There is no drama series that is more thrilling than a dysfunctional relationship between a tenant and Umastendi. From Tenants who constantly duck and dive come month end, to the shady landlord who promises you the world only for you to not even have hot water. The tenant who tries to enter their unit but sadly finds that their key no longer works or for the lights to go off, just before they find out who has won the latest season of Idols (Yawns).
We have all seen and heard of these scenarios playing out. Some of us have even been a part of them (Clears throat). Well the new Rental Housing Amendment Act; which regulates the relationship between a tenant and UMastandi (Landlord), makes amendments to the Rental Housing Act of 1999 with 5 key changes that add more certainty and less controversy to this drama series:
He said, she said – All Lease agreements must be in writing
All lease agreements must now be in writing and legally enforceable. The agreement and all provisions, obligations and duties must be explained to the tenant and clearly understood. All amendments to the lease must also be in writing. This ensures that both parties are aware of what they are getting themselves into and brings verbal agreements and verbal amendments to an end!
The basics – The property must be habitable
The landlord must ensure that the rental property is in a habitable state and that it is safe and suitable for living, properly maintained and has access to basic services such as water and electricity.
Less Drama – Tenant may not be denied access basic services or to the property
Umastandi may not cut off basic utilities such as electricity and water to non-paying tenants, only a local authority can do so. An Umastandi may also not change the locks or deny the tenant access to the property without a proper court order.
The Molla – Deposit must be invested and refunded
The Act also clearly states that the deposit must be put into an interest-bearing account. The landlord must issue a written receipt for all payments received from the tenant, including the deposit. The deposit together with interest accrued must be paid to the tenant within seven days of the expiration of the lease. Reasonable costs incurred to repair damage may be deducted from the deposit, but subject to proof of damage and the costs. This is very important! Landlords can’t just deduct from your deposit without proof of damage and associated costs!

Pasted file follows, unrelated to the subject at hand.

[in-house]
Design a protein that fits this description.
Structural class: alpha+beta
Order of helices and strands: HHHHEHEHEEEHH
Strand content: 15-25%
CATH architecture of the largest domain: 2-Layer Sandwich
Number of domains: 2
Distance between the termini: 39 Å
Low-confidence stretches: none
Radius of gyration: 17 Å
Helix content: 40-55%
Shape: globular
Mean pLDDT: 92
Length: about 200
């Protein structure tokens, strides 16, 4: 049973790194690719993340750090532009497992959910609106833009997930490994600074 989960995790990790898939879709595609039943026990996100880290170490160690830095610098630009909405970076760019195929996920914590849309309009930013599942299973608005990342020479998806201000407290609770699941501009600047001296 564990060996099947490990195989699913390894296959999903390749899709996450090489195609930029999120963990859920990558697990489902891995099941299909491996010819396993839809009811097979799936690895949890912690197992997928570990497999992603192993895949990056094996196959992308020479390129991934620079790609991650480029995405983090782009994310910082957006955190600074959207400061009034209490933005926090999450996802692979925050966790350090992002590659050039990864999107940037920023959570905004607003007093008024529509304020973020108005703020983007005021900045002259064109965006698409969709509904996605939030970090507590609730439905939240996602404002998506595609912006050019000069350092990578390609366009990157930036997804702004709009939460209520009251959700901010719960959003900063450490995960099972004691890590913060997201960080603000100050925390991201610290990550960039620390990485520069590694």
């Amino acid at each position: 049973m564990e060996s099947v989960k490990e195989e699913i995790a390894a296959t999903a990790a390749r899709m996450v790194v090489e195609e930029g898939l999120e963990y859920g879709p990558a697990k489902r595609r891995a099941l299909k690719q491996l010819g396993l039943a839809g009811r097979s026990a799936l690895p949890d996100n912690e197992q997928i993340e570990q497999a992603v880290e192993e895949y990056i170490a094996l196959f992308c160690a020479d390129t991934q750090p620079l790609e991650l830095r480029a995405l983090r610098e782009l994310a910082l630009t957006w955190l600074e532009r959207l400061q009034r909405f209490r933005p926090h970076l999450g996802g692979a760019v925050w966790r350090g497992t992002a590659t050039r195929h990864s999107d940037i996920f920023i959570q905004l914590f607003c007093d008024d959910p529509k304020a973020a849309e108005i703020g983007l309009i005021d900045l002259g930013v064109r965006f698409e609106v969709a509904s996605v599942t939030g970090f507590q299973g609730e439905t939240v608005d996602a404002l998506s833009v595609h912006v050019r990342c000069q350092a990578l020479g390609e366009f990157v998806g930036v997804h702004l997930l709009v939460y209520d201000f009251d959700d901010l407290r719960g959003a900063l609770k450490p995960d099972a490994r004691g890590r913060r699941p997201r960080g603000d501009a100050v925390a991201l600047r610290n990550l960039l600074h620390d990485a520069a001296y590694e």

What’s what – Defects to be recorded
At the commencement of the lease, a joint inspection of the property must be done to identify any defects including those that need to be repaired by the landlord. The defects list must be attached to the lease agreement. Upon expiry, another inspection must be done to determine whether any damage has been caused during the tenant’s occupancy.
Rental disputes between tenants and landlords which cannot be amicably overcome, can be taken to the Rental Tribunal. This is an independent party and their services are free and can be used by tenants, landlords and property agents. The tribunal has the power to determine issues relating to, amongst others, non-payment of rentals, failure to refund deposits, overcrowding, unacceptable living conditions, harassment and intimidation, lack of maintenance, determination of fair rentals, unlawful seizure of tenant’s belongings, discrimination, exploitive rentals, illegal lock-out or illegal disconnections. For more information, download this Pdf